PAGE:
Pogacar still the strongest in the Tour de France, says Ineos director

Richard Carapaz leads Tour de France leader Tadej Pogacar on the Mont Ventoux
Richard Carapaz (Ineos Grenadiers) leads Tour de France leader Tadej Pogacar on the Mont Ventoux (Image credit: Bettini Photo)

Ineos Grenadiers buried themselves on stage 11 of the Tour de France, leading the peloton over the summit of Mont Ventoux on two occasions and helping Richard Carapaz move up a place to fourth in the overall standings. However, that reward came with a price after the British squad decided to shoulder the responsibility of controlling the peloton for over 140km of the stage. They also lost Luke Rowe from the race with the rider eliminated after missing the time cut.

The British team came into the all-important stage with hopes of taking their first win in the race as well as the ambition of catapulting Richard Carapaz up the overall standings. However, not the first time in this year’s race the team was left with little rewards despite putting in a huge amount of effort. Several riders, including Geraint Thomas and Tao Geoghegan Hart, were used up early in the stage. 

The main breakaway of the day contained a stellar lineup and eventual winner Wout Van Aert (Jumbo Visma) would hold off the chase even with the likes of Richie Porte and Michael Kwiatkowski setting a furious pace on the second ascent of Mont Ventoux.

Their efforts at least shook up the GC group with David Gaudu (Groupama-FDJ), Ben O’Connor (AG2R-Citroën), and Enric Mas (Movistar) all cut adrift and losing time but with Van Aert proving too strong Ineos were forced to forgo their stage ambitions. Carapaz was among the strongest riders but he was unable to respond when Jonas Vingegaard (Jumbo-Visma) attacked.

The Dane was chased by race leader Tadej Pogačar (UAE Team Emirates) but he was forced to wait for Carapaz and Rigoberto Uran. Vingegaard was eventually brought back by the trio on the descent with Carapaz forced to settle for sixth on the stage. The 2019 Giro d’Italia winner’s efforts moved him from fifth to fourth overall, 5:33 behind Pogačar, who despite a brief show of weakness remains in complete control of the race.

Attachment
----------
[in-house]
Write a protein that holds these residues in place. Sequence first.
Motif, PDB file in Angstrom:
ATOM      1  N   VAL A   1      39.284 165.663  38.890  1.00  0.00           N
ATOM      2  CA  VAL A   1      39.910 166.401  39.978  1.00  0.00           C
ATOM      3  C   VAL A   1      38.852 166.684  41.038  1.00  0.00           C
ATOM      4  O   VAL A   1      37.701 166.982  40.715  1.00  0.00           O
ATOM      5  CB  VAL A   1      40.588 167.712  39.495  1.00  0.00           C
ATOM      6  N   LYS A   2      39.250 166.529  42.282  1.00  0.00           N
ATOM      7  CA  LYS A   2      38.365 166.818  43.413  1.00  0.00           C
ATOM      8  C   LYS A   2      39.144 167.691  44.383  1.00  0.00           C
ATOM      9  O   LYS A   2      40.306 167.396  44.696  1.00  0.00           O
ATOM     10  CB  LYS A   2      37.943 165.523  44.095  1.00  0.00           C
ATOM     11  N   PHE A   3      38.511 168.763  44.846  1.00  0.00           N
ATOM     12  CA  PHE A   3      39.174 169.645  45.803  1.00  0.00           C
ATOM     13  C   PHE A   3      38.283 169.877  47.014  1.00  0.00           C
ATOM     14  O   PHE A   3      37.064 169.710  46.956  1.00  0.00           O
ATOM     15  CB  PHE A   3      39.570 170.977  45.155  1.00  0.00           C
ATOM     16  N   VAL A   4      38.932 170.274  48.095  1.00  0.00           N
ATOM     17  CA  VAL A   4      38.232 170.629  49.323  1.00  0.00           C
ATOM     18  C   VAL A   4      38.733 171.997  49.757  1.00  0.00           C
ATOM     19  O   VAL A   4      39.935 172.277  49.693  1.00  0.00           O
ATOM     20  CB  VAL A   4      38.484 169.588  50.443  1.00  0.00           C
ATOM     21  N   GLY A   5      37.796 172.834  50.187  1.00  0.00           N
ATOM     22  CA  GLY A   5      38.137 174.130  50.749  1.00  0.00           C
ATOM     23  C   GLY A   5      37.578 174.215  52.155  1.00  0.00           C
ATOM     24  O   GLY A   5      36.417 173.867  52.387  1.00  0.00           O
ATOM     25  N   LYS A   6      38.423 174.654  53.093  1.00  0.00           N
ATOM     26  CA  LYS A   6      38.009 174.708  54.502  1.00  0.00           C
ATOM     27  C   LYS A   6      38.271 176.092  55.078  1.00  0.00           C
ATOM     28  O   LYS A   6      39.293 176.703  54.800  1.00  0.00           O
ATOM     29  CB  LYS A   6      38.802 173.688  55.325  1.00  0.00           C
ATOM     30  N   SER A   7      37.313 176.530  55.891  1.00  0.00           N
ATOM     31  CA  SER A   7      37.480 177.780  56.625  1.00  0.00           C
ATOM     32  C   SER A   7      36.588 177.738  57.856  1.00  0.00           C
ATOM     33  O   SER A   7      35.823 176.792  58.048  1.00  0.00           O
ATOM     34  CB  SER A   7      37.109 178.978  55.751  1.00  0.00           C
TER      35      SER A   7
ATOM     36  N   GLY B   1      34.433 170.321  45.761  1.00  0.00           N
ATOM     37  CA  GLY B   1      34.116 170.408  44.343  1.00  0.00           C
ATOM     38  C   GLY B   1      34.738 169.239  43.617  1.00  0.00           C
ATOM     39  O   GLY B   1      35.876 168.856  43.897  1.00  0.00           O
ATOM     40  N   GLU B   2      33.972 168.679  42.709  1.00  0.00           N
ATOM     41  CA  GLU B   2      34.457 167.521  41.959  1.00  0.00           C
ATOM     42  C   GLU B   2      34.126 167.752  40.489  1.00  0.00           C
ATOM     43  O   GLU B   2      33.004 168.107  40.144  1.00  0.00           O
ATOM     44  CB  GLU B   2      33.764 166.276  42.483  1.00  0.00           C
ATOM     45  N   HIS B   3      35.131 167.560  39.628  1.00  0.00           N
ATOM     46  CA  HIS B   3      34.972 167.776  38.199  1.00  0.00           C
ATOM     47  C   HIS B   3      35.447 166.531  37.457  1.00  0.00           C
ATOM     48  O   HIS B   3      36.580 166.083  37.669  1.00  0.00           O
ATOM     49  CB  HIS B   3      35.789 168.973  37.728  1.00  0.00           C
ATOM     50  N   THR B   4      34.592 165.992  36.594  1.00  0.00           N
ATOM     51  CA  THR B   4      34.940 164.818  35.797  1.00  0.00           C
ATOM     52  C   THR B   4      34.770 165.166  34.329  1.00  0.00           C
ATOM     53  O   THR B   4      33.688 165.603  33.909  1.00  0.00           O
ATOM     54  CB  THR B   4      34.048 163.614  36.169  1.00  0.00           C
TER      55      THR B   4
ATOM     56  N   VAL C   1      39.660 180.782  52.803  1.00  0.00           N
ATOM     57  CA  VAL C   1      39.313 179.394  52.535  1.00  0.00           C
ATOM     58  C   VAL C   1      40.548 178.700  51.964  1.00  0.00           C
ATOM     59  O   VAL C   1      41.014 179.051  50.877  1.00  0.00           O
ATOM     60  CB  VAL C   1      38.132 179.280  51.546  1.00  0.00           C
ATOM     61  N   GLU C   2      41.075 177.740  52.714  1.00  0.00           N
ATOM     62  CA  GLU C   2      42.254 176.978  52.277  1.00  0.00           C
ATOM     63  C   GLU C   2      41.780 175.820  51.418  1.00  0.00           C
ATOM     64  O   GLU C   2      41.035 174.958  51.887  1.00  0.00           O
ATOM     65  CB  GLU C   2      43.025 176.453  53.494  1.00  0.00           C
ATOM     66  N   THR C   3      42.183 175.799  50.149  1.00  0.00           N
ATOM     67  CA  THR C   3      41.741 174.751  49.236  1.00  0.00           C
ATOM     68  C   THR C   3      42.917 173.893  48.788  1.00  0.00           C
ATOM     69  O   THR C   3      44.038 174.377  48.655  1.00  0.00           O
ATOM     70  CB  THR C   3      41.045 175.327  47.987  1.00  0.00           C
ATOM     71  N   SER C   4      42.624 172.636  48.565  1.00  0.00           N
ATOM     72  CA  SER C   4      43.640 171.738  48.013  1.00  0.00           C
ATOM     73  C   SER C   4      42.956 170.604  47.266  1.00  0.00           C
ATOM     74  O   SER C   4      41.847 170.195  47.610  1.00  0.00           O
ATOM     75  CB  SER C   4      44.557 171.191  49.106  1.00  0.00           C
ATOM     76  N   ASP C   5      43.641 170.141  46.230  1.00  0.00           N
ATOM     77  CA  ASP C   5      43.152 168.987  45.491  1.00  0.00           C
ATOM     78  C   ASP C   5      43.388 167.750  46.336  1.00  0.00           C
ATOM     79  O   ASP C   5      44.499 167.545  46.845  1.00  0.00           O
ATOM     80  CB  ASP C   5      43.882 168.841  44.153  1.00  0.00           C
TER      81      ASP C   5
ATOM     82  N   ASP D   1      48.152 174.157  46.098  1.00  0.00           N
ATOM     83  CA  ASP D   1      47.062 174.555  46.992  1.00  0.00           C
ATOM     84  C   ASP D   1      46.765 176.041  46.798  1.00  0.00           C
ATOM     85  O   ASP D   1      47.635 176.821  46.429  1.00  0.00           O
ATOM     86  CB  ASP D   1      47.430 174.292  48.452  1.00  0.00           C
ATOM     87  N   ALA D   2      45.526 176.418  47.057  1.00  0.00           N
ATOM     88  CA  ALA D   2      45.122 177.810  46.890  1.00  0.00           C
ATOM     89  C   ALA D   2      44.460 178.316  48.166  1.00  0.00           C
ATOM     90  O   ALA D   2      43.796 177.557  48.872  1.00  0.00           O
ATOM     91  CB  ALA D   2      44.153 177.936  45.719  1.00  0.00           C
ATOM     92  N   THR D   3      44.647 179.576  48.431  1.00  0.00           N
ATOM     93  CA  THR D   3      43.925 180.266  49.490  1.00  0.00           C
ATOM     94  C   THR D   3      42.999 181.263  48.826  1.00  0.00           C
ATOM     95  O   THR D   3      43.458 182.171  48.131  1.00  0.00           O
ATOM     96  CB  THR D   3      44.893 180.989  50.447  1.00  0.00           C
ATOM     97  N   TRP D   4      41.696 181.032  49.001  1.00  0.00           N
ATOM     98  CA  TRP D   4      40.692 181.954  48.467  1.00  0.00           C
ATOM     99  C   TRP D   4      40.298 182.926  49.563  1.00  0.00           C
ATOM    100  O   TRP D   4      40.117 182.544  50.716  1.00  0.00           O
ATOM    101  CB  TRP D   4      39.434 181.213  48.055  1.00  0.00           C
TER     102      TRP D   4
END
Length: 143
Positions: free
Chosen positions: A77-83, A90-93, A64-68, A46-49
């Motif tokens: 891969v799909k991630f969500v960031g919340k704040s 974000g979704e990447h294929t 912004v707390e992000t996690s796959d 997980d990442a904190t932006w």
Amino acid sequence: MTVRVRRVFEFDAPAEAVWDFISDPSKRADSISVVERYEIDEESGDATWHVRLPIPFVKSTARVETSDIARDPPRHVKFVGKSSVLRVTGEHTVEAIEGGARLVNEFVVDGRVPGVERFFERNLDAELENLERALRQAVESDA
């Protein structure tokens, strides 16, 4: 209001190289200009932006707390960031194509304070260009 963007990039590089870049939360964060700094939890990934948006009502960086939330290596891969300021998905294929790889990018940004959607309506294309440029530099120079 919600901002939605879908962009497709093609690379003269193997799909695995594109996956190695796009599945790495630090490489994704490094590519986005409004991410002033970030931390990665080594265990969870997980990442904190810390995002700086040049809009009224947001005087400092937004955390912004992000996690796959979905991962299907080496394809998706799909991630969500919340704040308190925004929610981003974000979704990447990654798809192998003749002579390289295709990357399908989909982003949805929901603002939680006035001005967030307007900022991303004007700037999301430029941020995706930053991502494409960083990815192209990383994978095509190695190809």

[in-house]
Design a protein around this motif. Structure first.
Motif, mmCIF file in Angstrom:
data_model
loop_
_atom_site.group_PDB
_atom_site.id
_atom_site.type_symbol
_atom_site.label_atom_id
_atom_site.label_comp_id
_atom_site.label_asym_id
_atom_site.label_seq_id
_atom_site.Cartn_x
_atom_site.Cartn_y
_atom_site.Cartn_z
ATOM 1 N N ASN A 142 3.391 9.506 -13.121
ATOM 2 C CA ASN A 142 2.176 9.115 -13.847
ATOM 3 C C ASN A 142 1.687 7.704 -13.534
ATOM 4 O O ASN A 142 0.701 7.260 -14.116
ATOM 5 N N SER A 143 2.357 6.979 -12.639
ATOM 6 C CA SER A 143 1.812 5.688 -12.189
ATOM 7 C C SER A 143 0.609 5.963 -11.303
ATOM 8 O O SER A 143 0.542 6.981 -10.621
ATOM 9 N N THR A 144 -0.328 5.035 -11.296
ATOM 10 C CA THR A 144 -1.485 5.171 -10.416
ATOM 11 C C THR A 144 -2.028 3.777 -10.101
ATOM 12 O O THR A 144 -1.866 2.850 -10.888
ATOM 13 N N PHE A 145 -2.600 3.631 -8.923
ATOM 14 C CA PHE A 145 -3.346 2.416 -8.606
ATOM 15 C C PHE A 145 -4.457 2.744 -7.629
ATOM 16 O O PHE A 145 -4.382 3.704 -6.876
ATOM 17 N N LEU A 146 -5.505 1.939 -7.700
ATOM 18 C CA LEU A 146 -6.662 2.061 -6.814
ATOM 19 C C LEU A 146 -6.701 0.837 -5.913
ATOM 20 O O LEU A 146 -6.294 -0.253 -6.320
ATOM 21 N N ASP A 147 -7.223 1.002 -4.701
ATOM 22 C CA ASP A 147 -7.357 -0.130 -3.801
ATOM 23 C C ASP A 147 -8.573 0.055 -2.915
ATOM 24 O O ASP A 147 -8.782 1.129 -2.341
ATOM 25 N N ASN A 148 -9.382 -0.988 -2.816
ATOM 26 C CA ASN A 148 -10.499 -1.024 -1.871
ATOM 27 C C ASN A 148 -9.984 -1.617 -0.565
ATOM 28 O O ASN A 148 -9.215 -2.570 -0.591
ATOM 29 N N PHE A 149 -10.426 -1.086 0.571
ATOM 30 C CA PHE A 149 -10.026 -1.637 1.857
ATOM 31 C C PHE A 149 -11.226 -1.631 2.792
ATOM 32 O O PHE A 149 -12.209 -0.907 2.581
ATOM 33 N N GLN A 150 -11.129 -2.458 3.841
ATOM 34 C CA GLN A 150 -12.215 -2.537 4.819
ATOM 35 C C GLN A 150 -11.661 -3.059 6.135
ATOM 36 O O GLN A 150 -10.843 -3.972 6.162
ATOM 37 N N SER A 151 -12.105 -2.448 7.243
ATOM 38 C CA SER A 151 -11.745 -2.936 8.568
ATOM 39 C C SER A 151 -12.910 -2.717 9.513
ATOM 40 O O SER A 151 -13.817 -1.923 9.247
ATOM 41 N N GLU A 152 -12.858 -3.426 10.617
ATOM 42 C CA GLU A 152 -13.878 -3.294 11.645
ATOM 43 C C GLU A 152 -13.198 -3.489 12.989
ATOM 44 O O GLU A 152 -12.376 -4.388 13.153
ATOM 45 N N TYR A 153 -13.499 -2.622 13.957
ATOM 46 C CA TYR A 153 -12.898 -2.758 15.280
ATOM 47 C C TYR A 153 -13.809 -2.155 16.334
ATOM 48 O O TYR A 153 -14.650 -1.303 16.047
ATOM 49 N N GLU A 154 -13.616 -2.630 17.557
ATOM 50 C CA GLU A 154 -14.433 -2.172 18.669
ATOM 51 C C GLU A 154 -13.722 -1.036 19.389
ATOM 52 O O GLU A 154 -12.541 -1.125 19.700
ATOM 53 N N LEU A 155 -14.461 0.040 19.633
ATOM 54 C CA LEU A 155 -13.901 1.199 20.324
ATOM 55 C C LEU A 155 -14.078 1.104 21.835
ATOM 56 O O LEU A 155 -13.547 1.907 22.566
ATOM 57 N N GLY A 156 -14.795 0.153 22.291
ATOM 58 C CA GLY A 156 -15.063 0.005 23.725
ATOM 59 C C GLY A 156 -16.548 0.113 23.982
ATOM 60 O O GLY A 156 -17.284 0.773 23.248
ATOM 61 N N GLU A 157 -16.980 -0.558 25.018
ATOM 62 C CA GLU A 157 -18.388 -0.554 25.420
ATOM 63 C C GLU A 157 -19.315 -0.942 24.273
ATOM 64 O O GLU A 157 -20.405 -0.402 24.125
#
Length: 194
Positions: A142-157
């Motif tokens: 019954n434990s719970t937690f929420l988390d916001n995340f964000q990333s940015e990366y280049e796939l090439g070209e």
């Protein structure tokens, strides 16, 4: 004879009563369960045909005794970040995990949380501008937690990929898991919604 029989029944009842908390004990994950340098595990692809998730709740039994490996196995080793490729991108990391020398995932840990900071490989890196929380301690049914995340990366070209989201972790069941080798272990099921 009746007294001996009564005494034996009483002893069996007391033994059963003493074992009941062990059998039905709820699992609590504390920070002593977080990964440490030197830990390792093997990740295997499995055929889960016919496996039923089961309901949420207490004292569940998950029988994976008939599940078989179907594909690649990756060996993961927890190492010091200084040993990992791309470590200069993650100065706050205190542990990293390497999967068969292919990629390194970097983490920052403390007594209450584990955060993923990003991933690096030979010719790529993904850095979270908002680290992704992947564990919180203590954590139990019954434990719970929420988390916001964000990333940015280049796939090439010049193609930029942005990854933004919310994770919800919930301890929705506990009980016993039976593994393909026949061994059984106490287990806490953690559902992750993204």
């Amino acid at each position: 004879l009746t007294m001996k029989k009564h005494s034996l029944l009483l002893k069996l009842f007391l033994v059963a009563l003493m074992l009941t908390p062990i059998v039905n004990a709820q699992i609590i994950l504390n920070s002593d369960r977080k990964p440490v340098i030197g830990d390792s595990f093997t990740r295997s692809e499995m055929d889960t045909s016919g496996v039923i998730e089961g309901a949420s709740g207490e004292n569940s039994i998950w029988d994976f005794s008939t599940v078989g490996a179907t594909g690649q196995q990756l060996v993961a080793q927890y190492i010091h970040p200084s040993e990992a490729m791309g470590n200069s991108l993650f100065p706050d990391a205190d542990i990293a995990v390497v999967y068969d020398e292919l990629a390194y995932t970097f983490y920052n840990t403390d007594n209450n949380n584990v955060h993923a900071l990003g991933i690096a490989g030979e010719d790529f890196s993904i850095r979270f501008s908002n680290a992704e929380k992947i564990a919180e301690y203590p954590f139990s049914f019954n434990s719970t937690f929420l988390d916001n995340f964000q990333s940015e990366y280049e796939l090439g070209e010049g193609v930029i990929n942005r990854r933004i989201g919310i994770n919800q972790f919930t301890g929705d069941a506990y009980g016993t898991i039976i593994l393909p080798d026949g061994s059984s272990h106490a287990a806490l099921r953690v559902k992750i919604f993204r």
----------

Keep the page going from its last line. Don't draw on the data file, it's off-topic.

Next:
“Today we had to try and today we had the plan this morning that we wanted to put some pressure on and potentially go for the stage as well,” Ineos’ Gabriel Rasch said at the finish when interviewed by Eurosport.

“But it was hard. It was hard to catch Van Aert. But in the end, we managed to drop some of the GC guys, and I think the team were amazing again. Carapaz was there in the end and it's about staying stable and staying on a high level.” 

Ineos’ hope now will be that the cumulative effect from the stage will become an issue for their rivals later on in the race, with several mountain stages to come. Carapaz still looks in decent condition but he hasn’t yet dropped Pogačar, while Uran has arguably raced a smarter race having not expended as much energy in terms of the number of attacks he has made.

Pogačar admitted after the stage that his slight weakness was down to the heat. ”Maybe he was suffering from the heat on the first day in the heat, I don't know,” Rasch mused before the race leader’s press conference. “But he's still the strongest, isn't he? But we have to focus on our own race, get there step by step and see where we end up.”

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Daniel Benson

Daniel Benson was the Editor in Chief at Cyclingnews.com between 2008 and 2022. Based in the UK, he joined the Cyclingnews team in 2008 as the site's first UK-based Managing Editor. In that time, he reported on over a dozen editions of the Tour de France, several World Championships, the Tour Down Under, Spring Classics, and the London 2012 Olympic Games. With the help of the excellent editorial team, he ran the coverage on Cyclingnews and has interviewed leading figures in the sport including UCI Presidents and Tour de France winners.